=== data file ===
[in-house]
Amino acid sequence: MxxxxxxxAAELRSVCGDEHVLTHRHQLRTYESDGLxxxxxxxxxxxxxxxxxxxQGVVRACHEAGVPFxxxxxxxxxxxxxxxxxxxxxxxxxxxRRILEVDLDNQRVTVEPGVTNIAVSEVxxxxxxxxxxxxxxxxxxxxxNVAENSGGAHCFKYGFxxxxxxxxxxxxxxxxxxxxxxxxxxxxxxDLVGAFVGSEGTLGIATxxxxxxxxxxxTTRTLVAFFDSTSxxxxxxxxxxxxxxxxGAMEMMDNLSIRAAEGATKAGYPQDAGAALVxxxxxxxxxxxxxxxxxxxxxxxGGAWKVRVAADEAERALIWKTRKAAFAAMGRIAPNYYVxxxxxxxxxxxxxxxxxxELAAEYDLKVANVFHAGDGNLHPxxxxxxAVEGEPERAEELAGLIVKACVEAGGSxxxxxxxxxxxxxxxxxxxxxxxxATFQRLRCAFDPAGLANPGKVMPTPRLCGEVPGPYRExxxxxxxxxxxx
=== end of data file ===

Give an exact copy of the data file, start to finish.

[in-house]
Amino acid sequence: MxxxxxxxAAELRSVCGDEHVLTHRHQLRTYESDGLxxxxxxxxxxxxxxxxxxxQGVVRACHEAGVPFxxxxxxxxxxxxxxxxxxxxxxxxxxxRRILEVDLDNQRVTVEPGVTNIAVSEVxxxxxxxxxxxxxxxxxxxxxNVAENSGGAHCFKYGFxxxxxxxxxxxxxxxxxxxxxxxxxxxxxxDLVGAFVGSEGTLGIATxxxxxxxxxxxTTRTLVAFFDSTSxxxxxxxxxxxxxxxxGAMEMMDNLSIRAAEGATKAGYPQDAGAALVxxxxxxxxxxxxxxxxxxxxxxxGGAWKVRVAADEAERALIWKTRKAAFAAMGRIAPNYYVxxxxxxxxxxxxxxxxxxELAAEYDLKVANVFHAGDGNLHPxxxxxxAVEGEPERAEELAGLIVKACVEAGGSxxxxxxxxxxxxxxxxxxxxxxxxATFQRLRCAFDPAGLANPGKVMPTPRLCGEVPGPYRExxxxxxxxxxxx